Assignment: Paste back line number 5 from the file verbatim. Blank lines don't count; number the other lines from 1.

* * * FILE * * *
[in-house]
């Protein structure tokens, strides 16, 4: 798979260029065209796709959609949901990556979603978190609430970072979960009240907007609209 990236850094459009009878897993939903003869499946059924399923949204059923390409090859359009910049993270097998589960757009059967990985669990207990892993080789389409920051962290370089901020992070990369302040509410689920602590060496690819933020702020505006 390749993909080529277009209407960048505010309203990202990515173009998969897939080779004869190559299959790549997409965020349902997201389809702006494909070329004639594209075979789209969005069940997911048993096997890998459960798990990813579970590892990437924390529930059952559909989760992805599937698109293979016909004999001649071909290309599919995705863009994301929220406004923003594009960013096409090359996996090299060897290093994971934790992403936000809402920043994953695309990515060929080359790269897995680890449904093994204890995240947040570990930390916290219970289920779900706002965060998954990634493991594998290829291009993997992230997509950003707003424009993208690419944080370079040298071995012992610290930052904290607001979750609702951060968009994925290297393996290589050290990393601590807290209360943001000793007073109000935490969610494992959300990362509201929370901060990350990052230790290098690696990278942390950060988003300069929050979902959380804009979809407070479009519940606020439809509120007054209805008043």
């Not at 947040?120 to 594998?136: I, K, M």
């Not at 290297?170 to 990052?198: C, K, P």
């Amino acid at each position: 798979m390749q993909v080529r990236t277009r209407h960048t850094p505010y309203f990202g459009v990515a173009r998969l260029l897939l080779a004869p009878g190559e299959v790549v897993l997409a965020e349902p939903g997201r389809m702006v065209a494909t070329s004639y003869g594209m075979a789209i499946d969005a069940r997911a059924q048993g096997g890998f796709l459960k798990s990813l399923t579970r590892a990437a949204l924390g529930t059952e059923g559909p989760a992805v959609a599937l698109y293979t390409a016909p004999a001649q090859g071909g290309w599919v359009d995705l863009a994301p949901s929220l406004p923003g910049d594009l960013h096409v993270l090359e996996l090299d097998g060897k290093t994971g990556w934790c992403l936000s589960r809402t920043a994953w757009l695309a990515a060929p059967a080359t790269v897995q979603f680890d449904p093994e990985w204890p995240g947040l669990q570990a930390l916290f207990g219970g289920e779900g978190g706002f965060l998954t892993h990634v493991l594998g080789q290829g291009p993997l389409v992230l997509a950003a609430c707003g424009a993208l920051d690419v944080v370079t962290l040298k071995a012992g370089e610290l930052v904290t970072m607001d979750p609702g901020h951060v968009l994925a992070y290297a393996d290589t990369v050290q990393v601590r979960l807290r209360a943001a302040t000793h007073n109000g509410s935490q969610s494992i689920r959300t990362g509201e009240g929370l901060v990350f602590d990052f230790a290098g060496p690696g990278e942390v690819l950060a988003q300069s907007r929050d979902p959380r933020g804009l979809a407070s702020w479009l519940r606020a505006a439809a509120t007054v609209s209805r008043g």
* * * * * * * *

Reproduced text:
């Amino acid at each position: 798979m390749q993909v080529r990236t277009r209407h960048t850094p505010y309203f990202g459009v990515a173009r998969l260029l897939l080779a004869p009878g190559e299959v790549v897993l997409a965020e349902p939903g997201r389809m702006v065209a494909t070329s004639y003869g594209m075979a789209i499946d969005a069940r997911a059924q048993g096997g890998f796709l459960k798990s990813l399923t579970r590892a990437a949204l924390g529930t059952e059923g559909p989760a992805v959609a599937l698109y293979t390409a016909p004999a001649q090859g071909g290309w599919v359009d995705l863009a994301p949901s929220l406004p923003g910049d594009l960013h096409v993270l090359e996996l090299d097998g060897k290093t994971g990556w934790c992403l936000s589960r809402t920043a994953w757009l695309a990515a060929p059967a080359t790269v897995q979603f680890d449904p093994e990985w204890p995240g947040l669990q570990a930390l916290f207990g219970g289920e779900g978190g706002f965060l998954t892993h990634v493991l594998g080789q290829g291009p993997l389409v992230l997509a950003a609430c707003g424009a993208l920051d690419v944080v370079t962290l040298k071995a012992g370089e610290l930052v904290t970072m607001d979750p609702g901020h951060v968009l994925a992070y290297a393996d290589t990369v050290q990393v601590r979960l807290r209360a943001a302040t000793h007073n109000g509410s935490q969610s494992i689920r959300t990362g509201e009240g929370l901060v990350f602590d990052f230790a290098g060496p690696g990278e942390v690819l950060a988003q300069s907007r929050d979902p959380r933020g804009l979809a407070s702020w479009l519940r606020a505006a439809a509120t007054v609209s209805r008043g």